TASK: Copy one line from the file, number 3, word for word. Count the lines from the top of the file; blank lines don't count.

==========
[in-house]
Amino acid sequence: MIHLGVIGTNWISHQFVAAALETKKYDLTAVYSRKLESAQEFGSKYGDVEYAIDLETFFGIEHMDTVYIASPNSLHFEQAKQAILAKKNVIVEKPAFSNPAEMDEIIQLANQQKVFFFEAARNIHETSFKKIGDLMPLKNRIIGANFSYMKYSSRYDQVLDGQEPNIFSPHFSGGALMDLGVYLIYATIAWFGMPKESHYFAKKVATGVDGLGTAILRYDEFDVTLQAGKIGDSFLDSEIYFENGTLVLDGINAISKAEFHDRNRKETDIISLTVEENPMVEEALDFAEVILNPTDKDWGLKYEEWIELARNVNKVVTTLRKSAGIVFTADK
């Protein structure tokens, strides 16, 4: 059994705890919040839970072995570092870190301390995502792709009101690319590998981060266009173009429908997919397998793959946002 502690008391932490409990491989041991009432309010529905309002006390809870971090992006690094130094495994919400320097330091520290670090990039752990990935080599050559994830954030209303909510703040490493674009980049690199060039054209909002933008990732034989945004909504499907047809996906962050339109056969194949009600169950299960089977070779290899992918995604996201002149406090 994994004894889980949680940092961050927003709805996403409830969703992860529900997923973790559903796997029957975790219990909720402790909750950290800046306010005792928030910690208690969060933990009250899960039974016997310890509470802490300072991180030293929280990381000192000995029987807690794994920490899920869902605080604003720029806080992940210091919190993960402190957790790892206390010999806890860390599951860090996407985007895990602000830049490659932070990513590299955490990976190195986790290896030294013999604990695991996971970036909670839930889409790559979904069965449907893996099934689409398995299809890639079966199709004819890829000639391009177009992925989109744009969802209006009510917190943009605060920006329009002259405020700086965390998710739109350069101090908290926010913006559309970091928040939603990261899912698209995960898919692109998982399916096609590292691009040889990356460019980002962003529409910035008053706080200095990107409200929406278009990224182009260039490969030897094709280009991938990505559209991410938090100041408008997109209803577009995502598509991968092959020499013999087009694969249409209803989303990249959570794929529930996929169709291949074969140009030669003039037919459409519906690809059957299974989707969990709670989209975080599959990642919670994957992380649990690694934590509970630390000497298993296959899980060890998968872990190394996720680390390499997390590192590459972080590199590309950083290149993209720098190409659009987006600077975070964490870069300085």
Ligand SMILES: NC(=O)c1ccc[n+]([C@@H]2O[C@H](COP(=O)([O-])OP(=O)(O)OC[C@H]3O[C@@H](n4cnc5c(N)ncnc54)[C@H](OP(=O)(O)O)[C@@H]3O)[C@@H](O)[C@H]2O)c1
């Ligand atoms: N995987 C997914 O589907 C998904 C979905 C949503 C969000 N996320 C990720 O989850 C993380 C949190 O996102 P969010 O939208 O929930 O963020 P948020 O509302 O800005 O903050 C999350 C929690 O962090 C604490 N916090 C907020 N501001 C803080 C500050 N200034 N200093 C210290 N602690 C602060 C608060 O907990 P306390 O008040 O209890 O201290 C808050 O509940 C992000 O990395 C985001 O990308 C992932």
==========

């Protein structure tokens, strides 16, 4: 059994705890919040839970072995570092870190301390995502792709009101690319590998981060266009173009429908997919397998793959946002 502690008391932490409990491989041991009432309010529905309002006390809870971090992006690094130094495994919400320097330091520290670090990039752990990935080599050559994830954030209303909510703040490493674009980049690199060039054209909002933008990732034989945004909504499907047809996906962050339109056969194949009600169950299960089977070779290899992918995604996201002149406090 994994004894889980949680940092961050927003709805996403409830969703992860529900997923973790559903796997029957975790219990909720402790909750950290800046306010005792928030910690208690969060933990009250899960039974016997310890509470802490300072991180030293929280990381000192000995029987807690794994920490899920869902605080604003720029806080992940210091919190993960402190957790790892206390010999806890860390599951860090996407985007895990602000830049490659932070990513590299955490990976190195986790290896030294013999604990695991996971970036909670839930889409790559979904069965449907893996099934689409398995299809890639079966199709004819890829000639391009177009992925989109744009969802209006009510917190943009605060920006329009002259405020700086965390998710739109350069101090908290926010913006559309970091928040939603990261899912698209995960898919692109998982399916096609590292691009040889990356460019980002962003529409910035008053706080200095990107409200929406278009990224182009260039490969030897094709280009991938990505559209991410938090100041408008997109209803577009995502598509991968092959020499013999087009694969249409209803989303990249959570794929529930996929169709291949074969140009030669003039037919459409519906690809059957299974989707969990709670989209975080599959990642919670994957992380649990690694934590509970630390000497298993296959899980060890998968872990190394996720680390390499997390590192590459972080590199590309950083290149993209720098190409659009987006600077975070964490870069300085």